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  • Nov 16, 2020
  • Ted Thurn, Director, Government Affairs, IREM
  • Comments (4)

What the 2020 election means for real estate and property management

This article is an excerpt from a legislative update which will publish in the November/December issue of JPM.

The 2020 election was a campaign Americans have never experienced before, as many candidates could not run a typical campaign due to COVID and social distancing protocols. As you may recall, seats contested in the 2020 election included all 435 seats in the United States House of Representatives, 35 of the 100 seats in the United States Senate, and the Presidency of the United States.

While each state establishes a deadline for election results to be certified, former Vice President Joe Biden is the presumptive winner of the 2020 election.  In the U.S. House, Democrats will remain in control but will have the smallest majority in two decades. Over in the Senate, Republicans currently hold 50 seats, compared with 48 in Democratic hands. However, control of the Senate will be decided on January 5 in two runoff races in Georgia. If the Democrats win both Senate seats, they will have control of the upper chamber with Vice President-Elect Harris being the tiebreaking vote.

We don’t know what his top political priorities are, but during the campaign presumptive President-Elect Biden released several policy positions addressing the real estate industry. Regarding taxes, Biden stated he would reinstate the 39.6% tax rate from the current 37% rate; raise the corporate tax rate from 21% to 28%; and impose a 12.4% Social Security payroll tax on earned income above $400,000. Biden recently suggested eliminating 1031 exchanges for real estate investors with annual incomes of more than $400,000 in order to help pay for a ten-year $775 billion plan that would create universal preschool, eliminate home care waiting lists for those on Medicaid, and create tax credits for low-income and middle-class families to help pay for childcare, among other initiatives.

Biden’s infrastructure proposal includes investing $2.4 trillion in modernizing highways, roads and bridges built for climate resilience, electric vehicles, mass transit and high-speed rail energy. The plan would also include making the energy industry carbon neutral by 2035; investment in zero-emissions public transportation; a plan to upgrade and weatherize 4 million buildings and 2 million homes; construction of 1.5 million new homes, and other elements.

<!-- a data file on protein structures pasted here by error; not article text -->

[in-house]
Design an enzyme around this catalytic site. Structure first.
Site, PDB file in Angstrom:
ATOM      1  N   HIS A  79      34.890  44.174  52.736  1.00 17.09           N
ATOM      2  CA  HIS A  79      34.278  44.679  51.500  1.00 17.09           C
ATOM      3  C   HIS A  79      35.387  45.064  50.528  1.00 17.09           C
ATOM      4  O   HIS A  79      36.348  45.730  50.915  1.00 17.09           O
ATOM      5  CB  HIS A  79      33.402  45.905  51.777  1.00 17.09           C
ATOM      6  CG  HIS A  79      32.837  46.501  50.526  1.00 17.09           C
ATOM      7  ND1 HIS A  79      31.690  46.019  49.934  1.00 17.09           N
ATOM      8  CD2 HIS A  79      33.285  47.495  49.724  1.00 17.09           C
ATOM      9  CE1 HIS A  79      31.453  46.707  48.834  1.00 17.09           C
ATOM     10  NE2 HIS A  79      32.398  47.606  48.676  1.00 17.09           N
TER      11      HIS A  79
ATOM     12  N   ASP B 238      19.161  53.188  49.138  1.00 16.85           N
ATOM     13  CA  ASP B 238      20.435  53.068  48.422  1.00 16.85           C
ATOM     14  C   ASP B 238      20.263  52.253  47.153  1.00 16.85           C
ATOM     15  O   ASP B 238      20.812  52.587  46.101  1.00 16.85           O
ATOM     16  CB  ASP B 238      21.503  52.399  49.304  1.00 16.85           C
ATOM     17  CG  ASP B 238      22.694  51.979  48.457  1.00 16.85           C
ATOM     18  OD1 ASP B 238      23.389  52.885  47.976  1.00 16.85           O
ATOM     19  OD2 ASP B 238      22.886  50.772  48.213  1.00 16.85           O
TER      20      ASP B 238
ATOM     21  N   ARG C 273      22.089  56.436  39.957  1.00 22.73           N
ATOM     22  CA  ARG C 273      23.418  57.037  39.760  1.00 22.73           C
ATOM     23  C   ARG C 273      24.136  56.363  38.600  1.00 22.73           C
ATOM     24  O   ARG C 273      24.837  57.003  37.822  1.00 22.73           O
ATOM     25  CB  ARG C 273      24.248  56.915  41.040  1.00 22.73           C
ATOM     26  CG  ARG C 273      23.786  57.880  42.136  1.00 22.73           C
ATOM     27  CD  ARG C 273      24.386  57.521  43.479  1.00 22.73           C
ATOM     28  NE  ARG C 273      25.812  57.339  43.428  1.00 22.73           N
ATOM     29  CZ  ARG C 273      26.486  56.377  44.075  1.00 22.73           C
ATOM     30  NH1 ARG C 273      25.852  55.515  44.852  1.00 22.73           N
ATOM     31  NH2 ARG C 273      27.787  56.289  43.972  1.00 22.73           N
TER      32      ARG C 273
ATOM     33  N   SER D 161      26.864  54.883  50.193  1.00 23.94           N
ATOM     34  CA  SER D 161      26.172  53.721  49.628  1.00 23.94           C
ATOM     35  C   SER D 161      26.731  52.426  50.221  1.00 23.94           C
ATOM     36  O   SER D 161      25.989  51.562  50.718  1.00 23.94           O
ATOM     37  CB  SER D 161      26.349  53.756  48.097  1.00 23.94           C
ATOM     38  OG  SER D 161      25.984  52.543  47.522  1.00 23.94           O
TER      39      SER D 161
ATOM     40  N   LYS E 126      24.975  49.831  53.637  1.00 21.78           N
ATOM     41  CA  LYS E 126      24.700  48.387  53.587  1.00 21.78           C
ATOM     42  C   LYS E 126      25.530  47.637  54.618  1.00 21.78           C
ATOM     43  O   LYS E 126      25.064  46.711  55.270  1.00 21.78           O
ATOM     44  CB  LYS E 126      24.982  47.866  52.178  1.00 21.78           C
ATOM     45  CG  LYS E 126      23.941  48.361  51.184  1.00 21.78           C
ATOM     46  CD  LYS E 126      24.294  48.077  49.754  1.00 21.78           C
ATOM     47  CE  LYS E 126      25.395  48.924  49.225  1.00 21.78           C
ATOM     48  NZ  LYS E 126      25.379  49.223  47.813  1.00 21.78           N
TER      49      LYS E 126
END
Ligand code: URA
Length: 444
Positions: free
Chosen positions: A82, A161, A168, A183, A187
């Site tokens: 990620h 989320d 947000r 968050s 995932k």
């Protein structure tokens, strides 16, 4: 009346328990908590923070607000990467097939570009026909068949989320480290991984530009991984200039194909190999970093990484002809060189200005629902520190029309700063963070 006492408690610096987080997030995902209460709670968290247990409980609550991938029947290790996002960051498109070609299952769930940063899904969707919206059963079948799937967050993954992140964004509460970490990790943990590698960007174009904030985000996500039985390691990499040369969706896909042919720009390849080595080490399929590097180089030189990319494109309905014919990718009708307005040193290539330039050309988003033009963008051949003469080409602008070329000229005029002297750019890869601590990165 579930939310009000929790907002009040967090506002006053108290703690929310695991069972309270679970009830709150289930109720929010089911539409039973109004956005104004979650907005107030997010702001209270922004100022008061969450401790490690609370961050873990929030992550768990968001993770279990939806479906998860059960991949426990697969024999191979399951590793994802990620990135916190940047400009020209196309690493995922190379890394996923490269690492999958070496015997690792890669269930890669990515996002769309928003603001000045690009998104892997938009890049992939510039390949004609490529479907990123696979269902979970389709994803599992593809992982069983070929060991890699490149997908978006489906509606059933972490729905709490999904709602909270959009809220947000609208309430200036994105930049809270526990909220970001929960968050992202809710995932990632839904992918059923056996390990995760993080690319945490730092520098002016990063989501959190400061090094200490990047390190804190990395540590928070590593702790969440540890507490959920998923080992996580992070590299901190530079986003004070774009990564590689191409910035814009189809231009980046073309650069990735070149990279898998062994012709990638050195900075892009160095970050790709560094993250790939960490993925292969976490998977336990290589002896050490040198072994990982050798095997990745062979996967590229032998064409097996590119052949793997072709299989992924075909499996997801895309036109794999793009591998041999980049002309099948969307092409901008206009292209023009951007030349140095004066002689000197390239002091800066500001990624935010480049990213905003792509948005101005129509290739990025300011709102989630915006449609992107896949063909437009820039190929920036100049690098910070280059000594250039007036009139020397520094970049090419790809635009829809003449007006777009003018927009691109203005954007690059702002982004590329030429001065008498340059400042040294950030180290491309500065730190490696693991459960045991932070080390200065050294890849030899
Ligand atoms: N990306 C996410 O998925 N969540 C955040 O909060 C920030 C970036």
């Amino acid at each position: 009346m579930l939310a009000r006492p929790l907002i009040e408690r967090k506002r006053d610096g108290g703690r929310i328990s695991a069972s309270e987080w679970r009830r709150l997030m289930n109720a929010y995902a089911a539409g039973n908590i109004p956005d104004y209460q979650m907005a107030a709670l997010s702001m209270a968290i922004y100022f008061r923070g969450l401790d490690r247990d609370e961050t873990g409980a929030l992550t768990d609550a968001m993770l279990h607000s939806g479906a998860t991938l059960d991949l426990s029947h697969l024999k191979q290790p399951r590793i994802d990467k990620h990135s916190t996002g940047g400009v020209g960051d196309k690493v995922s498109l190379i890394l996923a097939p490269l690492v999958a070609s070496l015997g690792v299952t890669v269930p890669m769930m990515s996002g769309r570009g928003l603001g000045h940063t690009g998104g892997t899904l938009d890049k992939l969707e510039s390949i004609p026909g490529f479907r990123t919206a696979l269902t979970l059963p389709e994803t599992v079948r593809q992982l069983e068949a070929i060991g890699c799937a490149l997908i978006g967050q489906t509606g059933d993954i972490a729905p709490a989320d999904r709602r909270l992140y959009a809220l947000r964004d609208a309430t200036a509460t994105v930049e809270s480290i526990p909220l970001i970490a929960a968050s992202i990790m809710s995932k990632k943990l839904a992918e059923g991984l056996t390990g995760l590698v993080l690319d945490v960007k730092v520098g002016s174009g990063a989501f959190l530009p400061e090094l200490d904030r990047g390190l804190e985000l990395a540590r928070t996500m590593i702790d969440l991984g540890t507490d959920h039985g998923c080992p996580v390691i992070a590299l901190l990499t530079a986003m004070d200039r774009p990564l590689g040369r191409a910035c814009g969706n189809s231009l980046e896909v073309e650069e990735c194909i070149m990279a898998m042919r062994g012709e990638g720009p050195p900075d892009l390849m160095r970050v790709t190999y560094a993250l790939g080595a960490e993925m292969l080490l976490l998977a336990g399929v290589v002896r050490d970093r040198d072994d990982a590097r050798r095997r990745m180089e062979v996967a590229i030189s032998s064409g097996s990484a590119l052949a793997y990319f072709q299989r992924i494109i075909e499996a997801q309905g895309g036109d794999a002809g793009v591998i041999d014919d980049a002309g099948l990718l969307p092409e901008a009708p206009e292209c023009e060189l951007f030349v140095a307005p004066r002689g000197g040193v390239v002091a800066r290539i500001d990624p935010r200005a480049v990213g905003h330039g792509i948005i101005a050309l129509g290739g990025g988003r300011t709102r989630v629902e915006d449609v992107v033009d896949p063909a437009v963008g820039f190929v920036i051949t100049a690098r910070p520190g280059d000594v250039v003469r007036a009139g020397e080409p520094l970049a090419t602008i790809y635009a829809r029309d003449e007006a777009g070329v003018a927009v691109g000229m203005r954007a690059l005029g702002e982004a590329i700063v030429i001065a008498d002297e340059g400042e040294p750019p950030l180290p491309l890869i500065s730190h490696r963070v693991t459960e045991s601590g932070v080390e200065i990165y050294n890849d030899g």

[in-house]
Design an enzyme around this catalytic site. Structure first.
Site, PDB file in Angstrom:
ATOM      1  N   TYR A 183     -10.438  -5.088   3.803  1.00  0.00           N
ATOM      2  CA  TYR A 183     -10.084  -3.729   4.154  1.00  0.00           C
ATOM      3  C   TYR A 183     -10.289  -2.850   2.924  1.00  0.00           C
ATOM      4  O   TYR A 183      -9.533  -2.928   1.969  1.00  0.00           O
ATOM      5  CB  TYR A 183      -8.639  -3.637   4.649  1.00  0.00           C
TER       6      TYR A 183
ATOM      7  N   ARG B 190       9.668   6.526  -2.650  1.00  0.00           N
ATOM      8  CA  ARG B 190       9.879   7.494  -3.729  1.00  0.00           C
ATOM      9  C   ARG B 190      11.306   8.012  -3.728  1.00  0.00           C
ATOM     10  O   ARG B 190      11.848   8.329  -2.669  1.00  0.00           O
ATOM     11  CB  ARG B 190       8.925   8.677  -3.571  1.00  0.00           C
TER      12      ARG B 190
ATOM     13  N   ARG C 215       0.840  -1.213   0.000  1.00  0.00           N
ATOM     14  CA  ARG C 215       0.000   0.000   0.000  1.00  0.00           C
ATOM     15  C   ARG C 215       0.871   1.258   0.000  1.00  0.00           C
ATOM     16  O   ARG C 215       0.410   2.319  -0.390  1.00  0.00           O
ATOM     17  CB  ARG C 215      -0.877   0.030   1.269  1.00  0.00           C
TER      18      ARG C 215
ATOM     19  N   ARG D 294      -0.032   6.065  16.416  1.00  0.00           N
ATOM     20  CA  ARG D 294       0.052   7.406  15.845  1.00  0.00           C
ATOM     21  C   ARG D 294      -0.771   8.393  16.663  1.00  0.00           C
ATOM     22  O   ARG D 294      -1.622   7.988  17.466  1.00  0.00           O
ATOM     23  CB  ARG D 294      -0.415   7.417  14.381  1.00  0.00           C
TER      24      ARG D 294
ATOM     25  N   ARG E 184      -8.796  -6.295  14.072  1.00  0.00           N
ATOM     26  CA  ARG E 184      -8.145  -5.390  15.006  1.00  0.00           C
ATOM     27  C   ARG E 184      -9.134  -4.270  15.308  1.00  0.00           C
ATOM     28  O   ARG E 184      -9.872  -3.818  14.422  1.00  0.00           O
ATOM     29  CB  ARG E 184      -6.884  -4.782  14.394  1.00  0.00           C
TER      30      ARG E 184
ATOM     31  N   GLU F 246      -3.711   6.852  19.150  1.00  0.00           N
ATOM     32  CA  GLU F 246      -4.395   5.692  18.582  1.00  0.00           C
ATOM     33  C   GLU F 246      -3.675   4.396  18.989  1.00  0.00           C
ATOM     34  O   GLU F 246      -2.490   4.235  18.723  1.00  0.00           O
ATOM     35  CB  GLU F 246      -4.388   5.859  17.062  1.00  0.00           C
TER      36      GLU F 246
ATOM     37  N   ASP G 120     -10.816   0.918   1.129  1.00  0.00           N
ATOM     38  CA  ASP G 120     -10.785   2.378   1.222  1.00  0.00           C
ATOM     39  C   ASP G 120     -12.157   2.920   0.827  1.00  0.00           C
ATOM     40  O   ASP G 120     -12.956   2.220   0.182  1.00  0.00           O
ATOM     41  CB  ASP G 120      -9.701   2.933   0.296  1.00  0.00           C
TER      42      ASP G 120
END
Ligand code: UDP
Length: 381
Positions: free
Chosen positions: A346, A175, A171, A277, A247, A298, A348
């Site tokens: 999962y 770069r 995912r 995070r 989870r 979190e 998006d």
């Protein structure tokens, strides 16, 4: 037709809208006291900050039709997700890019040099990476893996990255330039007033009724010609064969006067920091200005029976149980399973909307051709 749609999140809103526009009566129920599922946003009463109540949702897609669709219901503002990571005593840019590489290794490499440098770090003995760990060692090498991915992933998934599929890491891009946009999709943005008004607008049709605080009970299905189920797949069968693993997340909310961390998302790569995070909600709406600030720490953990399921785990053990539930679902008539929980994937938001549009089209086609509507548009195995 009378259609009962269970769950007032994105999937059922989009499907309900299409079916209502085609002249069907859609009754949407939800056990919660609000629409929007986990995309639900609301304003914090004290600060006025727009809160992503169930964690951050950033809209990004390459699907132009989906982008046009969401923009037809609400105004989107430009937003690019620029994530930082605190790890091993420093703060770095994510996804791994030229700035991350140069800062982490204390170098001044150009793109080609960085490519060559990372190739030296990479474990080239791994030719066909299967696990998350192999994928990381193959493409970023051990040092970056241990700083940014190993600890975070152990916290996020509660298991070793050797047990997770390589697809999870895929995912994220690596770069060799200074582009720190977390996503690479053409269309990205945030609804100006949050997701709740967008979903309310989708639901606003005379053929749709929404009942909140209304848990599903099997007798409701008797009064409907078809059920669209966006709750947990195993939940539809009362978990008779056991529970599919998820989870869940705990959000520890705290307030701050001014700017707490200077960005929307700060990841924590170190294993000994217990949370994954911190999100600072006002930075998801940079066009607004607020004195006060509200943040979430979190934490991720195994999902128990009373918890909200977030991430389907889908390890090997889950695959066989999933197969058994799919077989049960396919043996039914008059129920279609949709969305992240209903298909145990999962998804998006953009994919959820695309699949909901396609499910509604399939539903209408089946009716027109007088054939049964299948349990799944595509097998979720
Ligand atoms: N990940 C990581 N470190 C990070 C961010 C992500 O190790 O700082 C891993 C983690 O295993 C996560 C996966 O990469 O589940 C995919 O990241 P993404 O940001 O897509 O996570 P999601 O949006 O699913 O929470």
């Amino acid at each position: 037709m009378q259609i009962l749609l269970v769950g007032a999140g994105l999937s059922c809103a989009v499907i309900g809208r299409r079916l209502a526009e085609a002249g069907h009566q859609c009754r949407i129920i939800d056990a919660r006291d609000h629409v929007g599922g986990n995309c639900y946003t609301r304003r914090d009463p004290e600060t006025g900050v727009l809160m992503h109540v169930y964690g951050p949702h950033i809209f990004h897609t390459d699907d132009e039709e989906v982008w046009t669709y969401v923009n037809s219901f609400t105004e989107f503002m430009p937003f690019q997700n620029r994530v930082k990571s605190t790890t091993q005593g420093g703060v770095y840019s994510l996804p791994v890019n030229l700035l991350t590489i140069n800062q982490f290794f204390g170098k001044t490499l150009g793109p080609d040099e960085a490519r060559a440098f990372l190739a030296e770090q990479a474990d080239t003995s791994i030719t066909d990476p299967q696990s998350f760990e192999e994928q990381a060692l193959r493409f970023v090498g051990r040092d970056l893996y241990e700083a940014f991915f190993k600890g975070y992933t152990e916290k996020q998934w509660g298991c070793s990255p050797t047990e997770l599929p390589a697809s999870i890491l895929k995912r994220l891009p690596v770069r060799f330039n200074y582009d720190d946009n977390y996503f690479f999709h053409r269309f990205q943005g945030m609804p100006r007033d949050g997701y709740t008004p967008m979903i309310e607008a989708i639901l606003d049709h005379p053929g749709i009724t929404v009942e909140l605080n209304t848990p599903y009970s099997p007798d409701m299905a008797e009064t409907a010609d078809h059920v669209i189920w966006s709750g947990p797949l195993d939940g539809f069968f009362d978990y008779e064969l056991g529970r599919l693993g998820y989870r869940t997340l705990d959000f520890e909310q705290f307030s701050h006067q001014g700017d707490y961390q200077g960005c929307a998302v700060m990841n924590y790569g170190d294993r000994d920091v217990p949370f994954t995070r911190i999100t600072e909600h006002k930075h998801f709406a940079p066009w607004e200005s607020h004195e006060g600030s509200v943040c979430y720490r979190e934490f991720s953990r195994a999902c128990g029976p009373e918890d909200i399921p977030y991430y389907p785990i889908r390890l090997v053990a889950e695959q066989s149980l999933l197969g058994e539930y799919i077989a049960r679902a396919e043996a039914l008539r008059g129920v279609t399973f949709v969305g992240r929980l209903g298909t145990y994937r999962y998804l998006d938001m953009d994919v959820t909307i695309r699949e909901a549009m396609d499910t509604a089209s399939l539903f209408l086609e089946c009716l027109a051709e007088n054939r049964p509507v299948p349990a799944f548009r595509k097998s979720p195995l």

On the affordable housing front, the presumptive President-Elect plans on expanding the Section 8 housing choice voucher program, the largest federal housing program for low-income renters. Biden would make Section 8 an entitlement, thus ensuring vouchers to all eligible people.

More specifically, Biden would require states receiving government funds through Community Development Block Grants or Transportation Block Grants to incorporate inclusionary zoning into their planning. Inclusionary zoning requires that a portion of new construction be set aside for affordable housing. Biden also would allocate $65 billion for state housing authorities and the Indian Housing Block Grant program to build and restore housing in low-income areas. 

However, as stated earlier, his political priorities may change over the next several weeks. We must also keep in mind that the final make up of Congress, dependent on run-offs in Georgia, may impact the policies Biden can implement. Further clarity on top priorities will come into focus as we approach Inauguration Day, January 20, 2021.

*Please note this blog was updated on November 19, 2020 to recognize the certification process for 2020 election results.


This is not accurate. The election has not been called by the GSA nor has it been certified by several states. In fact, this may be a long drawn out process that goes to the Supreme Court. As a professional, I am very careful in business to not comment on anything in this greatly divided political climate especially when there has been so much misinformation. I would think that IREM would feel the same and screen Blogs for misinformation as well.


Couldn't agree more Paula!


I totally agree with the comment from Jennifer. As soon as I read the statement posted by IREM I was going to respond and then realized Jennifer beat me in responding. "Release the Kraken!!"


The statement below listed in paragraph 2 is inaccurate. The election has not been certified, the media does not call the election nor does the general public. I'm offended that you would even post such a comment declaring a winner. After a long election night that extended days after election day, Former Vice President Joe Biden defeated President Donald Trump to become the 46th President of the United States.


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